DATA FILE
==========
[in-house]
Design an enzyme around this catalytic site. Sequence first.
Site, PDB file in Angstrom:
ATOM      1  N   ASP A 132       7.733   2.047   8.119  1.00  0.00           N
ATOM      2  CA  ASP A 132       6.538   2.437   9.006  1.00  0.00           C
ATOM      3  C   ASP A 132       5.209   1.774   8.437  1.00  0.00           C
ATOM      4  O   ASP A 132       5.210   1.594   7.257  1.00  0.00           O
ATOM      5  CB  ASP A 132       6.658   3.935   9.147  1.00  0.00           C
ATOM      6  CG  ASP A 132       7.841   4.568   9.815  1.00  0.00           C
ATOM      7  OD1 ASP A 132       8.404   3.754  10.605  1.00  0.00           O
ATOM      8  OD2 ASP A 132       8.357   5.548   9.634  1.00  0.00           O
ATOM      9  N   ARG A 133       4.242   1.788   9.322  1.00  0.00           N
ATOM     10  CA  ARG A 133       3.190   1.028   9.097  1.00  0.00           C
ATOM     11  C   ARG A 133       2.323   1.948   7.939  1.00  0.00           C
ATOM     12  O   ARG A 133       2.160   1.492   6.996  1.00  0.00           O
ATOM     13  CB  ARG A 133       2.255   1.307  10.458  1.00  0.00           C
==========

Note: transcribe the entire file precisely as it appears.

[in-house]
Design an enzyme around this catalytic site. Sequence first.
Site, PDB file in Angstrom:
ATOM      1  N   ASP A 132       7.733   2.047   8.119  1.00  0.00           N
ATOM      2  CA  ASP A 132       6.538   2.437   9.006  1.00  0.00           C
ATOM      3  C   ASP A 132       5.209   1.774   8.437  1.00  0.00           C
ATOM      4  O   ASP A 132       5.210   1.594   7.257  1.00  0.00           O
ATOM      5  CB  ASP A 132       6.658   3.935   9.147  1.00  0.00           C
ATOM      6  CG  ASP A 132       7.841   4.568   9.815  1.00  0.00           C
ATOM      7  OD1 ASP A 132       8.404   3.754  10.605  1.00  0.00           O
ATOM      8  OD2 ASP A 132       8.357   5.548   9.634  1.00  0.00           O
ATOM      9  N   ARG A 133       4.242   1.788   9.322  1.00  0.00           N
ATOM     10  CA  ARG A 133       3.190   1.028   9.097  1.00  0.00           C
ATOM     11  C   ARG A 133       2.323   1.948   7.939  1.00  0.00           C
ATOM     12  O   ARG A 133       2.160   1.492   6.996  1.00  0.00           O
ATOM     13  CB  ARG A 133       2.255   1.307  10.458  1.00  0.00           C